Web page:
After Trump’s embrace, Saudis brace for colder tone from Biden


BEIRUT, Lebanon – Over the past four years, President Trump’s close ties with Saudi Arabia have meant that there was apparently nothing his de facto ruler, Crown Prince Mohammed bin Salman, could do to deserve a reprimand from the White House.

Saudi bombs killed civilians in Yemen, Saudi activists went to jail, and Saudi agents dismembered Saudi dissident writer Jamal Khashoggi in Istanbul. None of this has shaken Mr. Trump’s commitment to the kingdom as a reliable partner against Iran and a major buyer of American arms.

Saudi Arabia is now preparing for the arrival of a new US leader who has pledged to end his support for the Yemen war, sanction human rights violations and treat Saudi Arabia like “The outcast she is”.

“It is high time to restore a sense of balance, perspective and loyalty to our values ​​in our relations in the Middle East,” President-elect Joseph R. Biden Jr. told the Council on Foreign last year. Relations, when asked about Saudi Arabia. “We will make it clear that America will never again check its principles at the door just to buy oil or sell weapons.”

The difference in tone is striking, and Prince Mohammed may have to accept that unless he changes his ways, he is unlikely to be as welcome in the White House as he was under Mr Trump. Experts have said they don’t expect a break with the kingdom, but pressure from a Biden administration could push Riyadh to temper its more reckless behavior.

“There are many reasons for this relationship to continue – it is very valuable to both parties – but it just cannot continue the way it has for the past four years,” said Tamara Cofman Wittes, senior fellow at the Brookings Institution’s Middle East Policy Center. “There has been a series of rule violations between friendly governments, a violation of standards.”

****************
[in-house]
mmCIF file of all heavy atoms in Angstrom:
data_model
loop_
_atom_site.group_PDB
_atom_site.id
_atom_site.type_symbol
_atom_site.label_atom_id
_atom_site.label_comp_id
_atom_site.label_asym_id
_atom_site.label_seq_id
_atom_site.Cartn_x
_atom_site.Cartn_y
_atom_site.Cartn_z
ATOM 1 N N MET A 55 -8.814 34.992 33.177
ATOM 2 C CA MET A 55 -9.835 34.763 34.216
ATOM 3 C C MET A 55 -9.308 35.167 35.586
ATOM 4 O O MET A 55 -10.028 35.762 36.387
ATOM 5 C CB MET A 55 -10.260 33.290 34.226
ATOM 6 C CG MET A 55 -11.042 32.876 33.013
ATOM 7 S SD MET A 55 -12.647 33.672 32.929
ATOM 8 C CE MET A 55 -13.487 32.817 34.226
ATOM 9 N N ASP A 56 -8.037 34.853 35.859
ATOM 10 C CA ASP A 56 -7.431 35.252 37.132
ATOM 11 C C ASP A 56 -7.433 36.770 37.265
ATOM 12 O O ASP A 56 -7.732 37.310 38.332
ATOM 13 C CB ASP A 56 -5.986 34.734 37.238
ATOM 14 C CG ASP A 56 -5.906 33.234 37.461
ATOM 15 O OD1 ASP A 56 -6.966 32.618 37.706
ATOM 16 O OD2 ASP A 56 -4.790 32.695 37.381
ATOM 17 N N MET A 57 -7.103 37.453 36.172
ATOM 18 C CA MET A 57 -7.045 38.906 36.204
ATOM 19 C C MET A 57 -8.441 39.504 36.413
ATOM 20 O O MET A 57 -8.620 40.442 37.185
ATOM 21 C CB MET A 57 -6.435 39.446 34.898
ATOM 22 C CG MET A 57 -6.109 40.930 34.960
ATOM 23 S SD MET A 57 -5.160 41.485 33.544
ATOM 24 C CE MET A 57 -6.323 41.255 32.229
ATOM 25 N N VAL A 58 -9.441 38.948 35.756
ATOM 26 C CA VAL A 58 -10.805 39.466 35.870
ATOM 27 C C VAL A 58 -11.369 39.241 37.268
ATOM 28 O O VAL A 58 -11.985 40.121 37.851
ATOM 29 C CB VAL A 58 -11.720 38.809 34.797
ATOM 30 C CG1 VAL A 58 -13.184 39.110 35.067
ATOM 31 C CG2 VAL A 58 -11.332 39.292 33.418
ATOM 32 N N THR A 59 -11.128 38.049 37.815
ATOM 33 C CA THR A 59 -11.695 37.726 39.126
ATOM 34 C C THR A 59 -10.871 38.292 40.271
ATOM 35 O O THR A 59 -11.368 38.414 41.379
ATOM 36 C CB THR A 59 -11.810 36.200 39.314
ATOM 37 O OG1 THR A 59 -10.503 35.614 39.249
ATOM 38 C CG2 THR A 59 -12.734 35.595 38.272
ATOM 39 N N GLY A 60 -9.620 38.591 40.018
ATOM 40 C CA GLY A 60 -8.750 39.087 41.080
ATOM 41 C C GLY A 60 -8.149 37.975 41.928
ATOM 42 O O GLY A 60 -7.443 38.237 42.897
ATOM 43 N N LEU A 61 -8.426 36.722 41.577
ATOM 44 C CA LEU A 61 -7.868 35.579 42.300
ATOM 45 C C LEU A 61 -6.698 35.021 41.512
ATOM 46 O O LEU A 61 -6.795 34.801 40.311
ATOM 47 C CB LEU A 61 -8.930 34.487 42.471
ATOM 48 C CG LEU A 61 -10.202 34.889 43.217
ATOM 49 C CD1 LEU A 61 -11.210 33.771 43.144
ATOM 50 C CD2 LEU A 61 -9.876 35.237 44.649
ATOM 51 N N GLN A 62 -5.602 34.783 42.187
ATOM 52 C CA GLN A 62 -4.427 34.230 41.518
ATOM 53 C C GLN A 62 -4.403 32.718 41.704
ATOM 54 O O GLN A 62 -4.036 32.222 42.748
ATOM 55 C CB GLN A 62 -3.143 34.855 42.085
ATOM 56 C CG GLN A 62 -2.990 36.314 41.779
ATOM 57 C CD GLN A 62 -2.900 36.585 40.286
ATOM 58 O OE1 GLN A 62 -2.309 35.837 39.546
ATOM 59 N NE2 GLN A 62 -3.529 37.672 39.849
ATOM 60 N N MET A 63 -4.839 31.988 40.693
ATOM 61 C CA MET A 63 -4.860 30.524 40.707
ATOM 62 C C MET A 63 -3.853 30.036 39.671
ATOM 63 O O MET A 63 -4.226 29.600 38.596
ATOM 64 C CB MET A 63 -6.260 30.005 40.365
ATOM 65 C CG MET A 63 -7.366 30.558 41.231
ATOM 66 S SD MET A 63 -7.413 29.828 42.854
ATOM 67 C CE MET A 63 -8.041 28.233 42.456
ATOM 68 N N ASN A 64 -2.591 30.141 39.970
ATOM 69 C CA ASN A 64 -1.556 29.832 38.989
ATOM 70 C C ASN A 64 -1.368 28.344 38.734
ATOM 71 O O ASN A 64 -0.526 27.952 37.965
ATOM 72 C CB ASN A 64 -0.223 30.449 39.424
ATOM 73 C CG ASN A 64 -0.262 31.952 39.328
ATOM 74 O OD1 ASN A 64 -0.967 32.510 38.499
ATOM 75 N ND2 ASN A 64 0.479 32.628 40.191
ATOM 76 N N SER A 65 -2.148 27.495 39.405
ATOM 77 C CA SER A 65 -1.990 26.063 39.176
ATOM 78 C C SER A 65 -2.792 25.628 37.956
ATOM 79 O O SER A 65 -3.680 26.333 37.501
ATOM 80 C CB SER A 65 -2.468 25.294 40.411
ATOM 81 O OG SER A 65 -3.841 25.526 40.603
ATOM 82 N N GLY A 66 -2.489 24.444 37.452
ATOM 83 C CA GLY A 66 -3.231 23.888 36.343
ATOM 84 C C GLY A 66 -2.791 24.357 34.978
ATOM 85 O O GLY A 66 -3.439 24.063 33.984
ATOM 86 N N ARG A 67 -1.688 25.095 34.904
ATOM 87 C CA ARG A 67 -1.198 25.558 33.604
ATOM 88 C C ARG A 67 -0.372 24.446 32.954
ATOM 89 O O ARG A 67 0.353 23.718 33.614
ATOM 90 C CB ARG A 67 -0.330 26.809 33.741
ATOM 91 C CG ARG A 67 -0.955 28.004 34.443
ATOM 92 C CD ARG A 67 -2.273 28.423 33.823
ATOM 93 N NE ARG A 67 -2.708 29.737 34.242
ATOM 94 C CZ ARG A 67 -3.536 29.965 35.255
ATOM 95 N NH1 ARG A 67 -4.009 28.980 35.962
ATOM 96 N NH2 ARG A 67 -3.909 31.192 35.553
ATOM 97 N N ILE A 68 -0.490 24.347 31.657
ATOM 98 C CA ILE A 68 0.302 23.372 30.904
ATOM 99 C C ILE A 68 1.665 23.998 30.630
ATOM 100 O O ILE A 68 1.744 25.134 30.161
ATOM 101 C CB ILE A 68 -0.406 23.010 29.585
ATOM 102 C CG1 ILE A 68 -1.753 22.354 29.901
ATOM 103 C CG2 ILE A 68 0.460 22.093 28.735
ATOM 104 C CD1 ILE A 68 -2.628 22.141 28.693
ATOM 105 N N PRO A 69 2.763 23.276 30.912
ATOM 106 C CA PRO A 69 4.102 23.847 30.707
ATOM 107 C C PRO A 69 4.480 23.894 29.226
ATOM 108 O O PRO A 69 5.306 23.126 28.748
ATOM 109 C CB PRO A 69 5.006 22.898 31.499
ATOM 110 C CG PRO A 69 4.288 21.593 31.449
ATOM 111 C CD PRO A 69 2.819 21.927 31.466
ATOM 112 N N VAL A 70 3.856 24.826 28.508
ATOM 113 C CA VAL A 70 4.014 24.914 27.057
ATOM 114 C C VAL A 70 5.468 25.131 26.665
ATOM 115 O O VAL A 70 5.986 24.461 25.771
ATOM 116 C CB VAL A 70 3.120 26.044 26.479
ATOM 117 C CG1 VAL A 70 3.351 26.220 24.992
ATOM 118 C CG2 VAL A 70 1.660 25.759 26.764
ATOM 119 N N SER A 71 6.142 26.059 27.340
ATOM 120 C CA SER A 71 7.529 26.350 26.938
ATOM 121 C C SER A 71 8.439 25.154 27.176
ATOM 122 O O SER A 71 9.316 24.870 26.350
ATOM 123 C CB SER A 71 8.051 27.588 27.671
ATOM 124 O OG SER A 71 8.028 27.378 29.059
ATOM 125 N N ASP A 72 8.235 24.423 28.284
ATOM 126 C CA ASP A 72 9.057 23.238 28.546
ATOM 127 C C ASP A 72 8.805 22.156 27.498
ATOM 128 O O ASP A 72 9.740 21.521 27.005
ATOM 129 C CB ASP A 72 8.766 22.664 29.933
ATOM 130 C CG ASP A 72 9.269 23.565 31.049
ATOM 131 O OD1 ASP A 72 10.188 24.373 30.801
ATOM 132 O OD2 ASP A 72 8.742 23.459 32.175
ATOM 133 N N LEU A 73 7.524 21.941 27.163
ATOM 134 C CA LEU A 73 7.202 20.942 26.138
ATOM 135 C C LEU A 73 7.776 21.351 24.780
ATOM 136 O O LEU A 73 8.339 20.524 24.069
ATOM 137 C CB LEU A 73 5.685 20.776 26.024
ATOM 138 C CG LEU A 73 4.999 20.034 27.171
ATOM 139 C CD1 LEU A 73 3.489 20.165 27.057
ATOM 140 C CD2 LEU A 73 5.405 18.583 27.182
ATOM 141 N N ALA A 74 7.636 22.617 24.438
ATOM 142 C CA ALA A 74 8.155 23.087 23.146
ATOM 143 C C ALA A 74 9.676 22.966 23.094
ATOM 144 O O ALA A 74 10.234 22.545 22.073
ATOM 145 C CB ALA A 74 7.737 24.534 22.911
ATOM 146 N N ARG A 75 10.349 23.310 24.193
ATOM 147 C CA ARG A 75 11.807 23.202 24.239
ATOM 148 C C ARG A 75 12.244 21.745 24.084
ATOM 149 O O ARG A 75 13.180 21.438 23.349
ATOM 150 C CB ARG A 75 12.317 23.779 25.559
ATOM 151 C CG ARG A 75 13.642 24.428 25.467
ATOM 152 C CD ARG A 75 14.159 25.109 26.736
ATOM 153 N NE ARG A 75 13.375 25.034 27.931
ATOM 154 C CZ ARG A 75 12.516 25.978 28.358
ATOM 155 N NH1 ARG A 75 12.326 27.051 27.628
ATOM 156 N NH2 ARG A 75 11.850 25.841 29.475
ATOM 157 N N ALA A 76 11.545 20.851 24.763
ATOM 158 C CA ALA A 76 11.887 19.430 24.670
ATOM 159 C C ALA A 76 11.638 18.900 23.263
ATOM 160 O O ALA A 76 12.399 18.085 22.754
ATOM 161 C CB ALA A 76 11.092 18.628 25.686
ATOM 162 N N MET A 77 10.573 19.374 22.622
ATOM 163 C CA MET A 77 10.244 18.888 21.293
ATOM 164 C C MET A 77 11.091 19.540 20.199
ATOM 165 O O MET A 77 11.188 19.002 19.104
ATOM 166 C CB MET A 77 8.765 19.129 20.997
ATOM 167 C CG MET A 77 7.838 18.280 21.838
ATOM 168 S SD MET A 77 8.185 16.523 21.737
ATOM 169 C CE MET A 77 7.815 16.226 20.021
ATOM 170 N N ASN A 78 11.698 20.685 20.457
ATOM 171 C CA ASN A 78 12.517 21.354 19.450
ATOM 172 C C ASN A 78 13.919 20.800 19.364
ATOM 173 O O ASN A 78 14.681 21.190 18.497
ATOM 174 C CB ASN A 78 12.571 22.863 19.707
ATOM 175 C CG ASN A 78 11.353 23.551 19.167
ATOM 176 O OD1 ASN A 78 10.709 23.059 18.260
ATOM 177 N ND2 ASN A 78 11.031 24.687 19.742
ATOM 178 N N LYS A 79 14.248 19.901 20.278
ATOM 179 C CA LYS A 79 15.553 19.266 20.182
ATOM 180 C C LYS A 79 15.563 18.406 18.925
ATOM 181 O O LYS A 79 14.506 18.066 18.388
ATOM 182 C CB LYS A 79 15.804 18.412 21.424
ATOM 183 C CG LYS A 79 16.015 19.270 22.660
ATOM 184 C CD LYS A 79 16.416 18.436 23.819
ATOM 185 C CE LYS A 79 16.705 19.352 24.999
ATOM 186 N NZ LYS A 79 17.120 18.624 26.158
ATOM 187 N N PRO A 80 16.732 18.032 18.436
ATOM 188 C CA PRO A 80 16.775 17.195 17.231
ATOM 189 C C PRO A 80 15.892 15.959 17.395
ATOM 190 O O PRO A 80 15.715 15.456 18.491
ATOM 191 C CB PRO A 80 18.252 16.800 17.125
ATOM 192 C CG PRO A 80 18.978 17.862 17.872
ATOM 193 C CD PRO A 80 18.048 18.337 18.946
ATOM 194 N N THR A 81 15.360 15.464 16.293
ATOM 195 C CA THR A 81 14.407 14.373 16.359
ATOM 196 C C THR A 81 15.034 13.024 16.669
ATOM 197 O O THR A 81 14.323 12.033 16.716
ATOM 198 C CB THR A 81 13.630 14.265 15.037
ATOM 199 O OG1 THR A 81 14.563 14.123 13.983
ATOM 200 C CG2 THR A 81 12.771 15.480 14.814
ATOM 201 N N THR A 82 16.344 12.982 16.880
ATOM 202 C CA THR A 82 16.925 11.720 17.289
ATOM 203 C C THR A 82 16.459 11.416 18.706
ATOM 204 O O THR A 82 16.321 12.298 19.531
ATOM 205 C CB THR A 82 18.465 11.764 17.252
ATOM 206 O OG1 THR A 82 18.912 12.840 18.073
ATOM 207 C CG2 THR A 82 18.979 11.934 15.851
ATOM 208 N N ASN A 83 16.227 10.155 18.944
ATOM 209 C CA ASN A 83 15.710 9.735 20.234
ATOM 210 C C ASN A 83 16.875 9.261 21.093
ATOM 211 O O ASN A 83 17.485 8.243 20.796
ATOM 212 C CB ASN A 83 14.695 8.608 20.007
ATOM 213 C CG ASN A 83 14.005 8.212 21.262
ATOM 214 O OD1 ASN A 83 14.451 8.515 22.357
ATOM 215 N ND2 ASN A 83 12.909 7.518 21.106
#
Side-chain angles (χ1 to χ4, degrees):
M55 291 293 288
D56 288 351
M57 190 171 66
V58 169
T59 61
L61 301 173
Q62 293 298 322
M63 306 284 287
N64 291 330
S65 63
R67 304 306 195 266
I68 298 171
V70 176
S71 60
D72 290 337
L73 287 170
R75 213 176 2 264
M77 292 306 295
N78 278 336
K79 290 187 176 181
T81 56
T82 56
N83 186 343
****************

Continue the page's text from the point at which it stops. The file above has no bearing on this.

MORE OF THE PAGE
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Saudi officials have played down the exceptional ties between Mr. Trump and the kingdom, instead emphasizing nearly eight decades of cooperation between the countries.

“Our relationship runs much deeper than just a Saudi leader or a US president,” Princess Reema bint Bandar al-Saud, Saudi ambassador to Washington, said on Wednesday in a video address to the National Council on US Relations. Arabs.

Saudi Arabia’s regional powerhouse and growing global prominence – it will host the virtual Group of 20 summit in Riyadh this weekend – make it an important US partner, she said.

“As our economic, social and cultural reforms strengthen the kingdom, we will be even better positioned as the most trusted US ally in the region,” she said.

Mr Biden may find that he needs Saudi Arabia to help build regional support for a new Iranian strategy, to stabilize oil markets or to help revive peace talks between Israel and the Palestinians. A Saudi offer to normalize relations with Israel could provide leverage to secure concessions for the Palestinians and elevate the kingdom’s position in Washington, although Saudi and Israeli officials have said such a move is not imminent.

Mr. Trump’s presidency has closely followed the rise of Prince Mohammed, 35, whose father, King Salman, ascended to the Saudi throne in 2015 and put his son in charge of overseeing the country’s most important portfolios. government, including defense, oil and economic policies.

Prince Mohammed became Crown Prince in 2017 and has cultivated a close relationship with Mr. Trump’s son-in-law and senior advisor Jared Kushner, often meeting him privately in Saudi Arabia and exchanging messages on WhatsApp.

His international reputation was battered when Saudi agents killed Mr Khashoggi inside the Saudi consulate in Istanbul in 2018, a crime the CIA said Prince Mohammed likely ordered. Prime Muhammad denied ordering or knowing about the murder.